On UFOs and (psychogenic) perception
by Bert Olivier
The recent declassification of previously secret documents by the FBI, and the availability of these on their so-called Vault website, have given the public access to, among others, the documents pertaining to the UFO “incident” at Roswell in the US, dating back to 1947. The incident in question involves, not merely sightings of “flying discs” — of which there were unbelievably many, as recorded in these documents, especially between the late 1940s and the 1960s — but the discovery of one of these “spacecraft” that supposedly crashed near Roswell, New Mexico, in July of that year.
The newly released files confirm that the disc-like craft that had crashed, contained three humanoid figures, about four feet tall, with heads that were disproportionately big for their small bodies. Even the clothes they were wearing are described, and if one Googles “Roswell incident”, or “Roswell aliens”, or “Roswell alien autopsy”, you get to sites where a film, supposedly taken by one of the people involved with the autopsy carried out on (at least) one of the “aliens” may be viewed. The number of hits registered on those sites are an index of the interest generated by these “sensational” revelations.
The question is: what are we to make of it? After decades of denial on the part of US military authorities and the FBI, to be suddenly confronted by newly declassified documents that confirm, not merely the sighting(s) of UFOs, but actual, non-fictional “close encounters of the third kind” (á la Spielberg), that is, staring (dead) alien visitors in the face, as it were, puts the cat among the pigeons, to say the least. It is probably the case that the “evidence” could have been faked, constructed, and yet, the lingering doubt remains, that it could be authentic. (In the “alien autopsy” film available on YouTube, the “alien’s” feet look distinctly human, although the head, face and ears look non-human; but they could have been doctored to look that way.)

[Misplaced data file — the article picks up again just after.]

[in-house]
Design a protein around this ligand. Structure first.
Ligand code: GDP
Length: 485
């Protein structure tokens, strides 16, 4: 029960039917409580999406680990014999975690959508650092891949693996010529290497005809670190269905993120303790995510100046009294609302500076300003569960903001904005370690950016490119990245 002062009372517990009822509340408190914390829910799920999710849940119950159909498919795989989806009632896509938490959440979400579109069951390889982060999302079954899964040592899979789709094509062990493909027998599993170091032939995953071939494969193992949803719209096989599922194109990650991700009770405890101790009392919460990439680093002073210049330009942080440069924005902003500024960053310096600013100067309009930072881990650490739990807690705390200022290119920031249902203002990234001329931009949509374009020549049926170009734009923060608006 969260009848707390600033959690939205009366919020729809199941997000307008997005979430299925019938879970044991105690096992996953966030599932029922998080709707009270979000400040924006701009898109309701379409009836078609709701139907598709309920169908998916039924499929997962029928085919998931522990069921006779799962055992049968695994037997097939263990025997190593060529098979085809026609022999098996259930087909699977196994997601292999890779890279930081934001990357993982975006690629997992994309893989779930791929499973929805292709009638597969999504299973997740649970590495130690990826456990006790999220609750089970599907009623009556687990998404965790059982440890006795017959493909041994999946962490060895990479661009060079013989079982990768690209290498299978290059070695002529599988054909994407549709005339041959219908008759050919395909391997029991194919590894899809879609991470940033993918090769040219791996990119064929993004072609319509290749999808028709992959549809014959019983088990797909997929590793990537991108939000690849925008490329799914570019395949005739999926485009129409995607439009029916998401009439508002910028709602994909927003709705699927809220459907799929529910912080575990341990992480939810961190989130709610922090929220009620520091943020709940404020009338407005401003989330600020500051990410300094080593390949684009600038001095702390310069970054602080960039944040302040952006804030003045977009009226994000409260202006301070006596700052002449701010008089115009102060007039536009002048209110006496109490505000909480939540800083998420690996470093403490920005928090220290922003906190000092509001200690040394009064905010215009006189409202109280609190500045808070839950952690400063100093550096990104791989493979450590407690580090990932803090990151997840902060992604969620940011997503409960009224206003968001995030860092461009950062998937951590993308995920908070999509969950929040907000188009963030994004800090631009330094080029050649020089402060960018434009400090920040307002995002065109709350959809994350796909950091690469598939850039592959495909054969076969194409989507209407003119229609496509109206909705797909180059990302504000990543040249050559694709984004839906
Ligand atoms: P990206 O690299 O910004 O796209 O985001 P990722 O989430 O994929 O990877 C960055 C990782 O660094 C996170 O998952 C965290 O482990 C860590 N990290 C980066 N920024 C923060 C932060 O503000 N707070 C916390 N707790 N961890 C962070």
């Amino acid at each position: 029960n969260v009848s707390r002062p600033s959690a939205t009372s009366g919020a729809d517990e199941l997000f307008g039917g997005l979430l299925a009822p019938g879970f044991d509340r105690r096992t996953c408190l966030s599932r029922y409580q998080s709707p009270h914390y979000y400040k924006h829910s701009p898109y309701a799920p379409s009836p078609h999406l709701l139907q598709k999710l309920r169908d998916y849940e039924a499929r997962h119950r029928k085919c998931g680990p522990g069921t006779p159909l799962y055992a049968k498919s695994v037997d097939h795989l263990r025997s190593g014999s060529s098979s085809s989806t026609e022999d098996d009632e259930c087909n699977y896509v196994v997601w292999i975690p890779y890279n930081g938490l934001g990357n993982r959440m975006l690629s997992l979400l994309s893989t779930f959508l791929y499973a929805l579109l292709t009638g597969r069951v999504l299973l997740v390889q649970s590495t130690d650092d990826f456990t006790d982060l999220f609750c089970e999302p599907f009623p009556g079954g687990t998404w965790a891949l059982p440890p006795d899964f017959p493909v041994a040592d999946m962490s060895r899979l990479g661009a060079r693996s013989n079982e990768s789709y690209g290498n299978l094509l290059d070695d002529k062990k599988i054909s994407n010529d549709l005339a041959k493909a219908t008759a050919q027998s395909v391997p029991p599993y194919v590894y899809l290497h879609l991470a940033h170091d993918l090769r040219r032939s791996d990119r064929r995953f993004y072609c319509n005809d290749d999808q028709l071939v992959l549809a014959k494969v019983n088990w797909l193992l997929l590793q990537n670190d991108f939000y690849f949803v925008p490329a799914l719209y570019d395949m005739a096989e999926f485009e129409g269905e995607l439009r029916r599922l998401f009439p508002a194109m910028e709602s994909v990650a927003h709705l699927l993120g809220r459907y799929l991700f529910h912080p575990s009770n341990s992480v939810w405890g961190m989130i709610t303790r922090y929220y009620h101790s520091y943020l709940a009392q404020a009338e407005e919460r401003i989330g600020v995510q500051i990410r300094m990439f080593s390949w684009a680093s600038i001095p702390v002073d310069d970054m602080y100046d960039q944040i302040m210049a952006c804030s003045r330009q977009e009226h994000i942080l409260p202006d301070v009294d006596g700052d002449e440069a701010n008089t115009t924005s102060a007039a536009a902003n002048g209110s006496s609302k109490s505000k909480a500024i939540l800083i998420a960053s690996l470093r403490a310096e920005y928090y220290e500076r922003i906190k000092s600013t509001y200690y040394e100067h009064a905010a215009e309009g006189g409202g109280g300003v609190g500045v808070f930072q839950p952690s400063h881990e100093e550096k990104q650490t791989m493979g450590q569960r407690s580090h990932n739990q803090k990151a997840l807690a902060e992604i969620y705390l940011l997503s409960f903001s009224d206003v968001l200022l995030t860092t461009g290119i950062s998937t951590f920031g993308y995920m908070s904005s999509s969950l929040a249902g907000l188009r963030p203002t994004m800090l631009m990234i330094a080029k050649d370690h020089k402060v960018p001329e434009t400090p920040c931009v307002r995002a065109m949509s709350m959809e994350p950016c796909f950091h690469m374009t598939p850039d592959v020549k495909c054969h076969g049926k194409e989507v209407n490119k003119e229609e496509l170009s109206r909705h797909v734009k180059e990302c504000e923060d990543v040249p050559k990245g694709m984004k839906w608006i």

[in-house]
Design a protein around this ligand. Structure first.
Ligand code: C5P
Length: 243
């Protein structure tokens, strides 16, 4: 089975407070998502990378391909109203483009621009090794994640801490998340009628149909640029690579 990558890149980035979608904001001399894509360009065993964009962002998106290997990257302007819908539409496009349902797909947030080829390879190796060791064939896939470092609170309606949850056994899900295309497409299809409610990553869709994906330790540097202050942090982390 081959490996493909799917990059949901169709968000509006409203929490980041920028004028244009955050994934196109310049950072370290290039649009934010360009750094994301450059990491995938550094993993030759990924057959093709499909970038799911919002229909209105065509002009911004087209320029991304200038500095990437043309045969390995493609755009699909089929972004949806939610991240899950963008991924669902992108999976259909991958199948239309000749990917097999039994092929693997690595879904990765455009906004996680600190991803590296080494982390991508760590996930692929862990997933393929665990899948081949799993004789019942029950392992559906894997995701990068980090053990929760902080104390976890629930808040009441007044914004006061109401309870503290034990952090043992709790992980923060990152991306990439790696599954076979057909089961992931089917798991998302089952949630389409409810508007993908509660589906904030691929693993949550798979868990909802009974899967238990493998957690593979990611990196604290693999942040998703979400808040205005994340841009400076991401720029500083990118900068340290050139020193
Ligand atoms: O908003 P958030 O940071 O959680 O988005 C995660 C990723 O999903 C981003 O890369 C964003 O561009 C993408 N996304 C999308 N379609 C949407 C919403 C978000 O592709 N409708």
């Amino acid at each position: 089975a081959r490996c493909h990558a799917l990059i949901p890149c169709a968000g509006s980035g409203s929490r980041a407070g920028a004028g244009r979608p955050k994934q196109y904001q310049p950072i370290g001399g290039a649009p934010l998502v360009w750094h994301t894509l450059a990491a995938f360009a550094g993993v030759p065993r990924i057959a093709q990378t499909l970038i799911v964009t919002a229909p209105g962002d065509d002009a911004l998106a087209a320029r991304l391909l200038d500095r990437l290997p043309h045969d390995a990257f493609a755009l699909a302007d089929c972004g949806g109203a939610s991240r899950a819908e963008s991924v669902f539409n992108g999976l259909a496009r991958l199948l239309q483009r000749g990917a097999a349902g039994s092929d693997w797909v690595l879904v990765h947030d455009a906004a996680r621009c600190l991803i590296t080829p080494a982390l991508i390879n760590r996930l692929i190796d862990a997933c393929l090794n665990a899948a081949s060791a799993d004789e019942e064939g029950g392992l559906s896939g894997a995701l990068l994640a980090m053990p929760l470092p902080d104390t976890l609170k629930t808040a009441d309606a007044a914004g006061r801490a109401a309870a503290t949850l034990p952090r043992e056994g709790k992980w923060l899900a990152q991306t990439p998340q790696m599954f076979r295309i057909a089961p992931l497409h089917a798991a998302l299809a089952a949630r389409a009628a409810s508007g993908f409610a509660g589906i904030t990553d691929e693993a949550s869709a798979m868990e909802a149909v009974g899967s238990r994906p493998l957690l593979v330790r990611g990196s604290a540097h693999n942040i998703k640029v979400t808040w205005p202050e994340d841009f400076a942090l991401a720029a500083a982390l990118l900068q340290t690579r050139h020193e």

Don’t get me wrong: I don’t believe that we are the only “intelligent” creatures in this vast universe of billions of galaxies. Like Giordano Bruno of 16th-century Nola, Italy, before me, I believe in the likelihood (for him, the certainty) that other planets are populated by creatures similar to, but also different from, us. Bruno paid with his life for uttering this belief when he was burnt at the stake, probably largely because of the ecclesiastic-political situation of the Reformation and the Counter-Reformation at a time when the Roman Catholic Church was determined to eradicate all signs of so-called heresy (as if any person or institution has sole access to truth), and because he framed his “belief in aliens” in terms of a philosophical-theological argument.
We know, he said, that an effect is always commensurable with its cause. (For example, when finite “causes” like adult birds reproduce sexually, they produce the “effect” or result of chicks of their own species, and it is unlikely that they would produce a human being). Similarly, Bruno argued further, an infinite cause, to wit, God, cannot be expected to produce a finite effect or result, and hence, the universe and everything in it, being the “effect” of God’s creative act, must be similarly infinite. From this it further follows, he pointed out, that there must be innumerable worlds, similar to ours, where “rational” creatures like ourselves live. Unfortunately the church “authorities” did not like the tenor of his argument, and confined poor Bruno to the flames.
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